GAYE DAVIS, DEON DE LANGE, SHANTI ABOOBAKER AND BABALO NDENZE
PRESIDENT Jacob Zuma has invited big business to be a part of “the evolution” of policy to be debated at the ANC’s policy conference in Midrand this week.
Fierce battles are expected as over 3 500 delegates thrash out positions on the economy, the land question and the state of the ANC, including the autonomy of its youth league.
Speaking at the ANC’s Progressive Business Forum banquet last night, Zuma told guests they would “know the thinking of the ANC when this conference comes to an end”, but said they “must intervene when necessary for the good of the country”.
“We are a part of you, you are a part of us, and that’s why we believe when we say participate, participate, participate in the evolution of the politics that must guide us,” Zuma said.
Business in general and the mining sector in particular will be watching the conference closely for potential shifts in economic policy.
Debate on economic transformation is expected to spark the most heat with calls for the wholesale nationalisation of mines, banks and other key sectors up against more nuanced ideas involving greater state intervention and new mining taxes.
African Rainbow Minerals chairman Patrice Motsepe is understood to have once again stepped up to the plate to pay R500 000 for the elite titanium package at the banquet, organised by the forum. This included seats at Zuma’s table.
Other tables, hosted by cabinet ministers, sold for R250 000 (the platinum package), those by deputy ministers (the gold package) cost R100 000 while the silver package bought a table hosted by an MEC.
Zuma kept his guests waiting for more than an hour before they were finally able to tuck into a starter of avocado, cream cheese and biltong, followed by beef fillet and vegetables and a trio of chocolate desserts.
Guests included Absa group CEO Maria Ramos, attending with her husband, National Planning Minister Trevor Manuel, while celebrities such as Arthur Mafokate and Don Mlangeni-Nawa (Zeb from Isidingo) were seen rubbing shoulders with “minister of gigs”, Sports Minister Fikile Mbalula, who warmly welcomed ANC Youth League deputy secretary general Kenetswe Mosenogi.
Mining companies and the big four banks were well represented.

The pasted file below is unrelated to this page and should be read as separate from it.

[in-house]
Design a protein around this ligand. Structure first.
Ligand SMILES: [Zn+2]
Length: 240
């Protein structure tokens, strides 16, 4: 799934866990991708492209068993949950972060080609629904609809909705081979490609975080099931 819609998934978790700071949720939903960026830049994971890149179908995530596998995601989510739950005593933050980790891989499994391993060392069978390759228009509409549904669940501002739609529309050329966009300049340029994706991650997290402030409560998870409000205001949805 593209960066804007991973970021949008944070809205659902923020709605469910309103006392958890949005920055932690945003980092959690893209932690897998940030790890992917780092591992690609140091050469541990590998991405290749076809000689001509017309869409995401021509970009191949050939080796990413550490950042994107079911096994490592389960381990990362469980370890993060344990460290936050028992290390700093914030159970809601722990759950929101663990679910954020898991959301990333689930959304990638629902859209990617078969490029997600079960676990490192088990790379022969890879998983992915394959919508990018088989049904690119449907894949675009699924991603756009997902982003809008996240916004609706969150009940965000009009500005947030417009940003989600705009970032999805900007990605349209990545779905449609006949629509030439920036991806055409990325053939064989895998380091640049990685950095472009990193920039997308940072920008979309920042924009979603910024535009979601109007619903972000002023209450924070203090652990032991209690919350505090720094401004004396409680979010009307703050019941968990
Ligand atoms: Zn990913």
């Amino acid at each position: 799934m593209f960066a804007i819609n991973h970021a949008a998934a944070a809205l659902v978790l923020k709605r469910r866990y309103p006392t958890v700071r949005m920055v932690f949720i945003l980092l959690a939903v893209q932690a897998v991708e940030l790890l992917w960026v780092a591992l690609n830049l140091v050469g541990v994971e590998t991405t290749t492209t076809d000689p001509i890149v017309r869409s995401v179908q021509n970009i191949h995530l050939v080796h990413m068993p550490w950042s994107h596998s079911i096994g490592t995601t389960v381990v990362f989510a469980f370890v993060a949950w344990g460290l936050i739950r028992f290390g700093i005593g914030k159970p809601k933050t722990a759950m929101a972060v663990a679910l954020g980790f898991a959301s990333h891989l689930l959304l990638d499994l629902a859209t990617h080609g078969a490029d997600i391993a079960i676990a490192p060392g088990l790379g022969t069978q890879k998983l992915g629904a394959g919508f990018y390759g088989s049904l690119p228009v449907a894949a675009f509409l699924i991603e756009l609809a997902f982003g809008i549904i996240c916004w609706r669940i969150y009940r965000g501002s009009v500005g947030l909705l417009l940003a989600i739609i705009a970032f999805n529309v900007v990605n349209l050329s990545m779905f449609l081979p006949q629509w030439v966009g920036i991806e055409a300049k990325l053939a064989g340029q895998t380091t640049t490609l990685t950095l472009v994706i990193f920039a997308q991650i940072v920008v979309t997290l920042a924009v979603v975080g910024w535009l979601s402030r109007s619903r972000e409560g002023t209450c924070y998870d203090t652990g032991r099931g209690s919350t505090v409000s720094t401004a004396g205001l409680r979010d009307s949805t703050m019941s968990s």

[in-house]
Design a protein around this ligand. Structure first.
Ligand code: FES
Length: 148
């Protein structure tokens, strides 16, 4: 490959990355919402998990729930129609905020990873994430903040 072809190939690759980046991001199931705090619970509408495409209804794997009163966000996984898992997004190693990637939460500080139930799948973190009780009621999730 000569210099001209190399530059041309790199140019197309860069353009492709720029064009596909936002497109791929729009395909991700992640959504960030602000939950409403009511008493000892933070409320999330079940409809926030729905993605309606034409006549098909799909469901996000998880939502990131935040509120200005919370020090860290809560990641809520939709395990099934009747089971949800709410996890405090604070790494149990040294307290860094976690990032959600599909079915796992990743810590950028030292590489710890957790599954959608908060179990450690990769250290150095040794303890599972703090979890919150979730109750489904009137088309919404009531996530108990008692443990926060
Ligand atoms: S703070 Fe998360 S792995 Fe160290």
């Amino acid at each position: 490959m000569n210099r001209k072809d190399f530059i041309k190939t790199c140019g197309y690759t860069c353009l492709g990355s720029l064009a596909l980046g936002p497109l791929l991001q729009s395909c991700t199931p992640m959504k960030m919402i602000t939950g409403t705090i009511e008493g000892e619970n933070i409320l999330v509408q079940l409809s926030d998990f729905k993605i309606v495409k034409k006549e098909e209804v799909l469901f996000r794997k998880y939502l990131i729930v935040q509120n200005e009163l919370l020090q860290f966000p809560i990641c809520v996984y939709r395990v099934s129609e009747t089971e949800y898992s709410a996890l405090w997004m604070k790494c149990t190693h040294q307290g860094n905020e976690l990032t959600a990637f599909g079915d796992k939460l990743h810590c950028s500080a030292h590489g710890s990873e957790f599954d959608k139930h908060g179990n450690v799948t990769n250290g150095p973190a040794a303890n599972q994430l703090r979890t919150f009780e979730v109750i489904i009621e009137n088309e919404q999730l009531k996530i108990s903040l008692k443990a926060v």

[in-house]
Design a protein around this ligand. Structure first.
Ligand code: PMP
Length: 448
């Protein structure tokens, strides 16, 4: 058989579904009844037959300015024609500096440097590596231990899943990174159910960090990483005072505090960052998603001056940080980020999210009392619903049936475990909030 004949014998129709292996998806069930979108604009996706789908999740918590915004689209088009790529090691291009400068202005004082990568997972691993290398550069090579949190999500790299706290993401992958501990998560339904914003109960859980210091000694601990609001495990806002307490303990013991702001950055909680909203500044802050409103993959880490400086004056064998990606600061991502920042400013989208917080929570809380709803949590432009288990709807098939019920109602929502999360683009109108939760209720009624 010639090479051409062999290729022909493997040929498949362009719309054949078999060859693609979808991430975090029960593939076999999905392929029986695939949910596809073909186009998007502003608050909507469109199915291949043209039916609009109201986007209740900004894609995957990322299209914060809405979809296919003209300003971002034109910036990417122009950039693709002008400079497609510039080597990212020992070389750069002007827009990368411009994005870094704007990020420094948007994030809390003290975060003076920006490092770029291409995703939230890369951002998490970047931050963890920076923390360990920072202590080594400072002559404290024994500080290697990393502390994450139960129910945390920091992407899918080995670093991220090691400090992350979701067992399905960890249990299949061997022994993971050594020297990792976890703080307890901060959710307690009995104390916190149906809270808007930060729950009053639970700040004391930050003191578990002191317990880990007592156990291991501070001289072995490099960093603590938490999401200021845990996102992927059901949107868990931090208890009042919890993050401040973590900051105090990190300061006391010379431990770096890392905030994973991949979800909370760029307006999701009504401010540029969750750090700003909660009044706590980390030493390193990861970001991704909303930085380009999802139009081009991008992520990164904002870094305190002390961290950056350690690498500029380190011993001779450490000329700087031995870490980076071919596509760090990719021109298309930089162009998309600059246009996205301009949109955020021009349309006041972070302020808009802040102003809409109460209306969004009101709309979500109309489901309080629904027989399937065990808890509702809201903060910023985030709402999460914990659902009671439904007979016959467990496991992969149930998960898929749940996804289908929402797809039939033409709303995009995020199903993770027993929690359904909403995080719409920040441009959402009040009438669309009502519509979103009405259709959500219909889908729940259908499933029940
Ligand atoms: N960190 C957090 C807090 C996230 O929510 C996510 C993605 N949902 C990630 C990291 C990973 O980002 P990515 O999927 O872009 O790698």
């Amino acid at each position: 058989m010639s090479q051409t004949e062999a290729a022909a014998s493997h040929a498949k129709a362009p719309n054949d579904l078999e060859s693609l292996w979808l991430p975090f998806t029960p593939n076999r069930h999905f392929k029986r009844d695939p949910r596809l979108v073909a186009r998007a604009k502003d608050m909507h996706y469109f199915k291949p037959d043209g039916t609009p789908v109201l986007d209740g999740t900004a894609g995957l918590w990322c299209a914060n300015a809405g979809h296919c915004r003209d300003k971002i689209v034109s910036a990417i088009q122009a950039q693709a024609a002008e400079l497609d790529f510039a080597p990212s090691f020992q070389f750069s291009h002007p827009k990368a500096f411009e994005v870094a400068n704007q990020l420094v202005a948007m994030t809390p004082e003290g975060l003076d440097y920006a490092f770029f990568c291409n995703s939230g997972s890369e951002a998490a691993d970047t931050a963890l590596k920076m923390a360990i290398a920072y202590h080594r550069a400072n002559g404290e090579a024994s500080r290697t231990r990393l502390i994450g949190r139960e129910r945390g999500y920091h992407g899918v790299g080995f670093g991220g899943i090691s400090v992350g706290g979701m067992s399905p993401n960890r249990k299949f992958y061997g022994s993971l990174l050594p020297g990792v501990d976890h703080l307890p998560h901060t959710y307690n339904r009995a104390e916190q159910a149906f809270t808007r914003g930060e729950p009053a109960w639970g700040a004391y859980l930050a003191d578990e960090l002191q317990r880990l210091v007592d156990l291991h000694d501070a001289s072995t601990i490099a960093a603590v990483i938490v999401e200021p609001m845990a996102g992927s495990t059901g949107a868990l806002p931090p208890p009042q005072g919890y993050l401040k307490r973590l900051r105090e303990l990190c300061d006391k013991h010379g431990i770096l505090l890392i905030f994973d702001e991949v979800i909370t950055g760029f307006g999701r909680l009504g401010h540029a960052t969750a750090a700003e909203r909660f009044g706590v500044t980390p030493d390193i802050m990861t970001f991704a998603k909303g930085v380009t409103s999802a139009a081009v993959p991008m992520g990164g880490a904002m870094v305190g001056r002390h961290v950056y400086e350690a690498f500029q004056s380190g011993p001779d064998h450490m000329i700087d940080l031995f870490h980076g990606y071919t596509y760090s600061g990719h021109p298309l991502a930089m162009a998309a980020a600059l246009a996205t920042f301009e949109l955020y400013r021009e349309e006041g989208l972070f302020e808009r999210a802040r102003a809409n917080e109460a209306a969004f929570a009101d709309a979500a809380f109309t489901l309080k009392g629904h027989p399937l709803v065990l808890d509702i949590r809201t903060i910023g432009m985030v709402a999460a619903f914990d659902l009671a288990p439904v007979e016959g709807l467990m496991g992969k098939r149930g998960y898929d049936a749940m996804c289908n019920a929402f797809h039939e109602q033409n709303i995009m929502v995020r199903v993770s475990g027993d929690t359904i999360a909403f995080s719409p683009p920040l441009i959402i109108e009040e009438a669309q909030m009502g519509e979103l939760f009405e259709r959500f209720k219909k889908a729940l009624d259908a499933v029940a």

Guests dug even deeper into their pockets when a framed collage, that included a drawing of Nelson Mandela and bore the signatures of the ANC’s top six officials, was sold for R500 000, and a bottle of pinotage, among a range destined for sale in the Brics group of emerging economies, went for about R40 000.
The dinner, Zuma told his guests, was a time to “eat nicely together” before getting to the important business of policy today.
He told them the ANC was “a wonderful organisation” and that he wondered what it would feel like not to be part of an organisation where “there is a continuous space for debate, for discussion”.
“I think it is an organisation that thinks hard about the future of this country, that worries about (it), that invites people to discuss the future of the country… In no way am I saying join the ANC, become a card-carrying member – you can be a supporter, even if it is just about doing the right thing at the right time,” Zuma said.
After Zuma’s opening address today the conference will go into a closed session. ANC secretary-general Gwede Mantashe will speak on the discussion document on the state of the party and its renewal.
Senior national executive committee member in charge of political education, Tony Yengeni, will speak about the strategy and tactics document, which deals with the notion of a second transition.
Former Economic Development deputy minister Enoch Godongwana will present the document on state intervention in mining.
National Planning Minister Trevor Manuel will discuss the National Development Plan and ANC policy chief Jeff Radebe will spell out the commission guidelines.